February 4, 2021
Preparing for the End of the World
We’re almost through with the Gospel according the Mark, this year’s selection for the Good Book Club. This Gospel gets right to the action, forgoing the sheep and the mangers to instead launch us into the life and ministry of Jesus with the prophet calling us to prepare the way of the Lord. In other words, this is the “let’s get down to business” Gospel.
We’ve seen Jesus’ healing miracles. We’ve seen Jesus eating with sinners. We’ve heard Jesus’ parables. We’ve seen Jesus transfigured. We’ve seen Jesus riding into town on a colt.
And now we hear Jesus telling us about the end of the world.
We’re approaching Lent, after the lentiest year that many of us alive have ever experienced. And now we have Jesus talking about “For nation will rise against nation, and kingdom against kingdom; there will be earthquakes in various places; there will be famines. This is but the beginning of the birth pangs.”
That’s 2020 (and now 2021, it seems…) for you, I guess.
But if the Gospel is indeed Good News, where do we find that hope in such a heavy piece of scripture as the thirteenth chapter of Mark? What good news is Jesus Christ trying to share with us when he talks about the temple being destroyed, rumors of war, and false teaching?
I see at least two main lessons we, both as church leaders and as the Church, can take from Jesus’ warnings in Mark 13.
Twice in Mark 13 Jesus warned His disciples not to be led astray by false claims and warnings (vv. 5-6,21-22). The warning of Scripture is consistent: use discernment in listening to those who claim to have everything figured out.
From the day that in-person, indoor worship was suspended in churches across the country, we’ve been inundated with webinars and conferences and books and everything else trying to tell us what we should do. I’ve certainly been guilty of peddling that “expert” information.
Sure, there are subject-matter experts that have helped teach us to get church online, or to engage in our communities in new (and safe) ways, and do all sorts of ministry in the midst of a pandemic. But our job as leaders, as the people that know our communities and contexts better than anyone, is to be discerning.
Do we need to invest in livestreams, or can our congregation grow and thrive when our Sunday liturgy is broadcast on a conference call (the answer to the conference call question, at least in the case of one of our congregations in EDUSC, is a resounding YES). We need to be discerning.
Do we need to move heaven and earth to keep afloat mission and ministry that is no longer sustainable? Maybe, and maybe not. We need to be discerning.
These past 11 months have given us opportunities to reflect on what we are called as the Church to be and do, right here and right now. Sometimes that means shutting down ministries, closing churches, and otherwise doing things that may feel like the end of the world to some. But maybe those are just opportunities for new life to take root in new ways.
Jesus warned of troubling events as we near the end of the age, no doubt. Then he added that nothing—not even hardship or persecution—should distract us from the one necessary thing: proclaiming the Good News to all (v. 10).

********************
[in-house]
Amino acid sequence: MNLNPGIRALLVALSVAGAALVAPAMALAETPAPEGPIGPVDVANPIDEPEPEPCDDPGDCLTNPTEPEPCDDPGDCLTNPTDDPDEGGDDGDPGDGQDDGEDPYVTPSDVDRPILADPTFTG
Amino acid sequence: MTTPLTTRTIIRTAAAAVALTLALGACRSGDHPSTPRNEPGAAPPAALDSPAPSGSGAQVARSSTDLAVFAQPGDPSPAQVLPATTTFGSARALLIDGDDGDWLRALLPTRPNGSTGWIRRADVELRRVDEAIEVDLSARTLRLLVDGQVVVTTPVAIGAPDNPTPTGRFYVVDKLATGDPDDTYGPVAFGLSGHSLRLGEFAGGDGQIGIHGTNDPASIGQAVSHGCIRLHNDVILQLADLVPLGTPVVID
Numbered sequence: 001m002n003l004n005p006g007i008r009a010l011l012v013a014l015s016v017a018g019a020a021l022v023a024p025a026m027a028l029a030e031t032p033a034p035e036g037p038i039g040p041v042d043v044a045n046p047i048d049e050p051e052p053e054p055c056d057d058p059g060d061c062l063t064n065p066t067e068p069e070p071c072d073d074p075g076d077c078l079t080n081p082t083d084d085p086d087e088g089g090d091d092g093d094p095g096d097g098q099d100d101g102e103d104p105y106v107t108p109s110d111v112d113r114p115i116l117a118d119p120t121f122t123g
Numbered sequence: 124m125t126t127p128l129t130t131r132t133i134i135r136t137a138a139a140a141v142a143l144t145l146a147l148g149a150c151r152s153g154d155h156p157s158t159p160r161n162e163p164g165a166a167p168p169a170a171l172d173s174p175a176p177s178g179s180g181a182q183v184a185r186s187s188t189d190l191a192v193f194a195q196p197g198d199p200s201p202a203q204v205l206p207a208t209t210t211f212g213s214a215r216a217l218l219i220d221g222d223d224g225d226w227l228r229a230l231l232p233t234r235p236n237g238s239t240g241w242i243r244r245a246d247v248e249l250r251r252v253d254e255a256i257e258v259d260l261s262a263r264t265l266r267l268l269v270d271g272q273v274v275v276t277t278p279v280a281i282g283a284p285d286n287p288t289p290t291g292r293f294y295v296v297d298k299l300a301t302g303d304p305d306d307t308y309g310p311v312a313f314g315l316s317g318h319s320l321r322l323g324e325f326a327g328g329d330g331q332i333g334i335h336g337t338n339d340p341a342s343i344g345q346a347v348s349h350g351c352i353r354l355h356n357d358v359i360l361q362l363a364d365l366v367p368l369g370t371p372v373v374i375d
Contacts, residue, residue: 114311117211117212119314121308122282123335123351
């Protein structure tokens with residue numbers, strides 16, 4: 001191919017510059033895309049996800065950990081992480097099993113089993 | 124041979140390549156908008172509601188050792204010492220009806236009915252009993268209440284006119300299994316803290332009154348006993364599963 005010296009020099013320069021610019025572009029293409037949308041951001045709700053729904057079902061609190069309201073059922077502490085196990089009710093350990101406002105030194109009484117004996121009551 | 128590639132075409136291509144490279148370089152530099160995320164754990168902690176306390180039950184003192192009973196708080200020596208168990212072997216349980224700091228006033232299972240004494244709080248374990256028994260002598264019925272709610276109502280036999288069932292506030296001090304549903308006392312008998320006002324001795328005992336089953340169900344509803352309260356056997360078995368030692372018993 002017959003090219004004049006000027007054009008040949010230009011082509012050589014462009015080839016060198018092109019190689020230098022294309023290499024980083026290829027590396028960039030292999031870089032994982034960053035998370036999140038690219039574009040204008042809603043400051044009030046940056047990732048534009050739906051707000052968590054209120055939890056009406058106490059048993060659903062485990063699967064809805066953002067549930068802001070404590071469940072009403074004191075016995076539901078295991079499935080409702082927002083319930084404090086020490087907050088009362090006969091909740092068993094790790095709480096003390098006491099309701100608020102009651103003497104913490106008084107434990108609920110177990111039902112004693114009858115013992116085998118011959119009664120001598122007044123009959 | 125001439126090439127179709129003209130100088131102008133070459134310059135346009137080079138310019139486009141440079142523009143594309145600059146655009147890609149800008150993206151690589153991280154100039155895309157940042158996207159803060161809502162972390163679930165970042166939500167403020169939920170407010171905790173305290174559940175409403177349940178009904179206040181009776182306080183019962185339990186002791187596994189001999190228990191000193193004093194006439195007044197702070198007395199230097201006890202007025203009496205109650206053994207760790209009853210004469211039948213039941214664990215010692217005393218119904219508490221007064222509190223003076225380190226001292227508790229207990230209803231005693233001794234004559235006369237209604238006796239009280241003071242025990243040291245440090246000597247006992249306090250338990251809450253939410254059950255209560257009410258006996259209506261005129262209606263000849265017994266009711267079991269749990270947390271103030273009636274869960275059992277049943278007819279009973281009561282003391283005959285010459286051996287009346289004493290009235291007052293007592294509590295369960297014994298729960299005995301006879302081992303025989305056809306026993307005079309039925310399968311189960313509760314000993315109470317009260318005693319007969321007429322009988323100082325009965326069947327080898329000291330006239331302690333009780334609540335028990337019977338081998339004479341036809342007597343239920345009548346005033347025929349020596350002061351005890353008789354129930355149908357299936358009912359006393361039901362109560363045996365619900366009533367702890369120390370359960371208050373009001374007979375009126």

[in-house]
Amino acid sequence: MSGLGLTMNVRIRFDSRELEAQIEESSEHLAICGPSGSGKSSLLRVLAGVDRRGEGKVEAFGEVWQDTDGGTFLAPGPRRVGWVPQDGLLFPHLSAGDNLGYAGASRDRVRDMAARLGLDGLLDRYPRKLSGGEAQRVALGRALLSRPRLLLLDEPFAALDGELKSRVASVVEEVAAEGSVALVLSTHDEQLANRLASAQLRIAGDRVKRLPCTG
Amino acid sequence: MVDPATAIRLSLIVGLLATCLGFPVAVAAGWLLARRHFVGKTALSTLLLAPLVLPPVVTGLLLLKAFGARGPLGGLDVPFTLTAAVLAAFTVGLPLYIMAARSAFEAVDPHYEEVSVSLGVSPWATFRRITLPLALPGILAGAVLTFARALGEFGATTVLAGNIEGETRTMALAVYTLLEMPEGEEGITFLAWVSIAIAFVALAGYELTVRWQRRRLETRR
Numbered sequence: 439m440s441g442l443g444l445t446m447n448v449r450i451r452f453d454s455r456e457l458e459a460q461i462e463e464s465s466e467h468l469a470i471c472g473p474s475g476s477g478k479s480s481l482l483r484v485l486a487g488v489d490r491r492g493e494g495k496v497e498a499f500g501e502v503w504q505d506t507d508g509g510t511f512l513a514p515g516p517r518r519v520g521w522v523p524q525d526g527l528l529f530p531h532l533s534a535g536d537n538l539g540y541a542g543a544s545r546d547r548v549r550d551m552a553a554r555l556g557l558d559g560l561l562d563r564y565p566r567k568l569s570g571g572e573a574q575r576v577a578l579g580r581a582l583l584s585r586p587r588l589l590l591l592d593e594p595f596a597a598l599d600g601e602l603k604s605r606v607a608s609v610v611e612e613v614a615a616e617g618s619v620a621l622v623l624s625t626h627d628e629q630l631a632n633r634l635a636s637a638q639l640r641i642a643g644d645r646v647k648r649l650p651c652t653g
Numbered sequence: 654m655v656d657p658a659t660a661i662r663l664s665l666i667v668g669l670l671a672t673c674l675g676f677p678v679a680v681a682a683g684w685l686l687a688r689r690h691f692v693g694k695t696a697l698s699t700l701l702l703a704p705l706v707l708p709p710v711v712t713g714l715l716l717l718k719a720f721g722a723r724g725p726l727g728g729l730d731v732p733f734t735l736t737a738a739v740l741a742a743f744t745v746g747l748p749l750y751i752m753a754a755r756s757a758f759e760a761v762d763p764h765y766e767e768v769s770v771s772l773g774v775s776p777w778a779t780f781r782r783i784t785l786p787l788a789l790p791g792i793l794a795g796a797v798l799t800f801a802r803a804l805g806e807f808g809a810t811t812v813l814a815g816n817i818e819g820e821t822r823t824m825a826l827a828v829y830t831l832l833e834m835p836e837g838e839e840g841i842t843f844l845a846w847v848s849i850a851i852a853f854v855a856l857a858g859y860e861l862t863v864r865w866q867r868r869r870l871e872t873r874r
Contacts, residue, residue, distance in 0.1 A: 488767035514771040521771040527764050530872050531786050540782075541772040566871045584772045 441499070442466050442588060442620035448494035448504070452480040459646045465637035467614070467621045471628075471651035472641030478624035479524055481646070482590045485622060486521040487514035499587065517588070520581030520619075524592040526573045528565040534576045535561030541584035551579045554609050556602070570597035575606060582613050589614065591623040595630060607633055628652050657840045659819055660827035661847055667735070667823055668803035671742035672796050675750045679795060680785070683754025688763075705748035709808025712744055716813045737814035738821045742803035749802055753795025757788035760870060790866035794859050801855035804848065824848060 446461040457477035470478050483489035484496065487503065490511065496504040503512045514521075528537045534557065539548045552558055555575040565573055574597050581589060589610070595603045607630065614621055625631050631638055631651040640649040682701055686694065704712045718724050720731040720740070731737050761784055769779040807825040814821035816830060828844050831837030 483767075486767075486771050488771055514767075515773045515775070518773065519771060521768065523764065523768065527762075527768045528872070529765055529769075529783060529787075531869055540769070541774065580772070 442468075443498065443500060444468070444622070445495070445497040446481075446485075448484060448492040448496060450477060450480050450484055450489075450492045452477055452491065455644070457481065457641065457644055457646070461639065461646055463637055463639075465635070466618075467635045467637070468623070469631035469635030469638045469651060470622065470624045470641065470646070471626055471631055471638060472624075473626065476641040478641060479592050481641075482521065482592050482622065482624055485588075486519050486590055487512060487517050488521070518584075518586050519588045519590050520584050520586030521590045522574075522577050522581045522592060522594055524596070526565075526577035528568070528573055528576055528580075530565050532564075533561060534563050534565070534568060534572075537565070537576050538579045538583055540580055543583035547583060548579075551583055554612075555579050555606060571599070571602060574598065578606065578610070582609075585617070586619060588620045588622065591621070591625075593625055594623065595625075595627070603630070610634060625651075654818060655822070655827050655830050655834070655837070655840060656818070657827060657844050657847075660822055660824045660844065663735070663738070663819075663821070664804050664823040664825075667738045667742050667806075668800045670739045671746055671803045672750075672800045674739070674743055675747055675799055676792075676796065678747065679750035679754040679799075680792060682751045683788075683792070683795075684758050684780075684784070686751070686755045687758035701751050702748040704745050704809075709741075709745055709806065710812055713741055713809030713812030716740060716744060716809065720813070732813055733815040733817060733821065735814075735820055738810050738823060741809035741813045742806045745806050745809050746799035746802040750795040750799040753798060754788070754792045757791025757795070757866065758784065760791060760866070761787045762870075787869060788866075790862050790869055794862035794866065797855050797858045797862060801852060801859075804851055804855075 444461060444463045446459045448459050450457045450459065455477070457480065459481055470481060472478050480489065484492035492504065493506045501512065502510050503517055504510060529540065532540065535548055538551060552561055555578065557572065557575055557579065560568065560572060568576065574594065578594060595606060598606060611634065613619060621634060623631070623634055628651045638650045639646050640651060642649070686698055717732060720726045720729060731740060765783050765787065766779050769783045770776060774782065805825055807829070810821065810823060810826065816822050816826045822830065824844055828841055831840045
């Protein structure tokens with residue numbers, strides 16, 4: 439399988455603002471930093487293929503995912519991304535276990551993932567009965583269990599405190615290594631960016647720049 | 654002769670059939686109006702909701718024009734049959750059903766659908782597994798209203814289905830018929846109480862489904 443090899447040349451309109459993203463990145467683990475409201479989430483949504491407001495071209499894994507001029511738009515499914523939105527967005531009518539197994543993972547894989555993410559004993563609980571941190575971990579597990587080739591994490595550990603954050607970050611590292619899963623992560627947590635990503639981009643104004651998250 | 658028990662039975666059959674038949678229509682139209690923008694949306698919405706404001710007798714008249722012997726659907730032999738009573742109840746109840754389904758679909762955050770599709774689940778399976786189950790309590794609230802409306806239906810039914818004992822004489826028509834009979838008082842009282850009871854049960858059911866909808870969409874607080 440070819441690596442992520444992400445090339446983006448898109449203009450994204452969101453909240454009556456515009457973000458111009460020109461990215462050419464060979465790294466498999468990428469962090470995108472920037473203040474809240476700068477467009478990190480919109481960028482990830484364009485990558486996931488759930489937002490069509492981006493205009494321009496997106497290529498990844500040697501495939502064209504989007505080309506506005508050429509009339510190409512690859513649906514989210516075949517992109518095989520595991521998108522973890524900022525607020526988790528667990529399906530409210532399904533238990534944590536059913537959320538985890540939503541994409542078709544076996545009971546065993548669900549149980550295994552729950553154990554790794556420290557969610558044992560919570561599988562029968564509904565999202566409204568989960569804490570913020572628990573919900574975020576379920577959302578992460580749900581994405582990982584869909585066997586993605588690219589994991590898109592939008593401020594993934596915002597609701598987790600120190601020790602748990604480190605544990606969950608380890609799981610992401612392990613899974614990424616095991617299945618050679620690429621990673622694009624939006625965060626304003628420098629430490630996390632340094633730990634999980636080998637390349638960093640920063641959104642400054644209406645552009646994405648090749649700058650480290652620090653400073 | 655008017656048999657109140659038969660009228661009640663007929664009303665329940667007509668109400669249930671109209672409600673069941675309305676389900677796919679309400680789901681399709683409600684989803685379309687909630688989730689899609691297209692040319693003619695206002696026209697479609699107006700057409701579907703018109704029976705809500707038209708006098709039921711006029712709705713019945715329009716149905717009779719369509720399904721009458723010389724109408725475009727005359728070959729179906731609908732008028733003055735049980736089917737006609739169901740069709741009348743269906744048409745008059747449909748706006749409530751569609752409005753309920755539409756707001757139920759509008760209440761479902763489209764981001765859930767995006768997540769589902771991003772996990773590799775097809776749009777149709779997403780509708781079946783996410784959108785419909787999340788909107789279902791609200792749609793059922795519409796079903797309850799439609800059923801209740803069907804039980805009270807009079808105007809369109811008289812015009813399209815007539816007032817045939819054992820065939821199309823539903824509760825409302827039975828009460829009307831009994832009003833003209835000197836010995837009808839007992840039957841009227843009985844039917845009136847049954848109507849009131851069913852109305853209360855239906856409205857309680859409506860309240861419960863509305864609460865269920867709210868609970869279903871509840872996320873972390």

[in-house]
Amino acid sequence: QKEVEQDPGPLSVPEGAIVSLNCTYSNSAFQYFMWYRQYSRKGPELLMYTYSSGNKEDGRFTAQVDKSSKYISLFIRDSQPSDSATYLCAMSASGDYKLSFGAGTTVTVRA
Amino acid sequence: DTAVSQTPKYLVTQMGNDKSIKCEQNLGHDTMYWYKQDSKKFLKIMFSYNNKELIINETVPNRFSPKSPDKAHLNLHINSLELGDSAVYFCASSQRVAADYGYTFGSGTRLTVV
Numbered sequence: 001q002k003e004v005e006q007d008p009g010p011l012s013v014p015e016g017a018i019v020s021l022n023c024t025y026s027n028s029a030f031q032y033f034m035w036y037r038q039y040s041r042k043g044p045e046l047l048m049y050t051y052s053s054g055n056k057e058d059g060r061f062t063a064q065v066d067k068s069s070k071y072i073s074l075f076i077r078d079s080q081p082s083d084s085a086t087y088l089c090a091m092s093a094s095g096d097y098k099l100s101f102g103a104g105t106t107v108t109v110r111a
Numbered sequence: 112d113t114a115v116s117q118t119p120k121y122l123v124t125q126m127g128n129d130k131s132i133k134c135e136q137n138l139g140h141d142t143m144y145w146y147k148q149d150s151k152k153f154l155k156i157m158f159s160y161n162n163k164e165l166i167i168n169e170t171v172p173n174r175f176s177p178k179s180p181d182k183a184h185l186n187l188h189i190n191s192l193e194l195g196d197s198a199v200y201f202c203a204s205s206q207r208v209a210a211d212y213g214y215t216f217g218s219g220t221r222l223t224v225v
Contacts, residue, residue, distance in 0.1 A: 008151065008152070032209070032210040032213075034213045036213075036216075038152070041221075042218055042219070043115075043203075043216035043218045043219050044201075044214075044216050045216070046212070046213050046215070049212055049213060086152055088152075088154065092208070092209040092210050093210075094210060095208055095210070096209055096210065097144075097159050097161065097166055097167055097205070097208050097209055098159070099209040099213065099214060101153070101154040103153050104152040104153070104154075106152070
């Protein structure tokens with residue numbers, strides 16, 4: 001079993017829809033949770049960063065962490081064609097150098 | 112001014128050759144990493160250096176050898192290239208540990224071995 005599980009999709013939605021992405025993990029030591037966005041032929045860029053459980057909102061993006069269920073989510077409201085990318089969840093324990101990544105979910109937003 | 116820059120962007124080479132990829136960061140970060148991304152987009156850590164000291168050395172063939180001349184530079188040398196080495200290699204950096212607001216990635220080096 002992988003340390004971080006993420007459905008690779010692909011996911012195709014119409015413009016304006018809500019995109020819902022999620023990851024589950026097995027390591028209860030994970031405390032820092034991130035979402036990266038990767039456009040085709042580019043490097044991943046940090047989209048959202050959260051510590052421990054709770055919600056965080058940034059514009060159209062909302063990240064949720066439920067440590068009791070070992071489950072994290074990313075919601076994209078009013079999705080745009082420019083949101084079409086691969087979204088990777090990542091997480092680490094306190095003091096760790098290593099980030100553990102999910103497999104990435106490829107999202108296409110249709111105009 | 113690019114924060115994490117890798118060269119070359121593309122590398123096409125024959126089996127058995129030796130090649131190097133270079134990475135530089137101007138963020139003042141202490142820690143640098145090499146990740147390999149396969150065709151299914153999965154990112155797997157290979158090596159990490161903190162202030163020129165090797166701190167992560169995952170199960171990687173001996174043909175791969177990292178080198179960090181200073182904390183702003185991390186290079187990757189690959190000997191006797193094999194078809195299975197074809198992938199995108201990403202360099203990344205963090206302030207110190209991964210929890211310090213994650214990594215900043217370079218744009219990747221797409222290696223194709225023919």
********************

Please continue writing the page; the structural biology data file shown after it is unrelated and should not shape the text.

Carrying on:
Then jumping ahead in the story a bit, before ascending into heaven, Jesus gave the church its marching orders: “But you will receive power when the Holy Spirit has come upon you, and you will be my witnesses in Jerusalem, in all Judea and Samaria, and to the end of the earth” (Acts 1:8). The very next verses report that the disciples just stood there looking up into the sky. Two angels appeared and spoke the words the church today needs to hear: Why are you standing there gazing into heaven? He told you what to do, so get busy! (Acts 1:9-11, paraphrased).
Last year, and the beginning of this year, have been difficult times for many of us, and for many of our congregations. But our call remains clear: proclaiming the Good News, even in the midst of a pandemic. Proclaiming the Good News, even in the midst of racial strife. Proclaiming the Good News, even in the midst of civil unrest. Proclaiming the Good News, even in the midst of bitter divisions.
Even in the midst of the “birth pangs” Jesus describes in Mark 13, we are called--we are commanded--to proclaim the Good News of God in Christ, full stop.
I’ve been privileged to witness the amazing work done by congregations across our diocese, from the resource-sized congregations that have helped feed a city’s children, to the tiny congregations that have been a place of comfort and solace for many.
Yes, hard decisions have been made. We’ve seen ministries and churches close, and we are certain to have more hard decisions ahead of us. But even in the midst of all of that, as Mark 13 makes clear, we are to first be discerning and trust that God will guide us in our discernment. And we are to be disciples and to trust that God is with us as we proclaim the Good News.
As Jesus said, “When you face trials, do not worry beforehand about what you are to say; but proclaim whatever is given you at that time, for it is not you who proclaim, but the Holy Spirit.” (v. 11, paraphrased).
How have you and your congregation proclaimed the Good News in the midst of the “birth pangs” of the past year?
This blog is part of a series for the Good Book Club. Learn more about the Good Book Club here.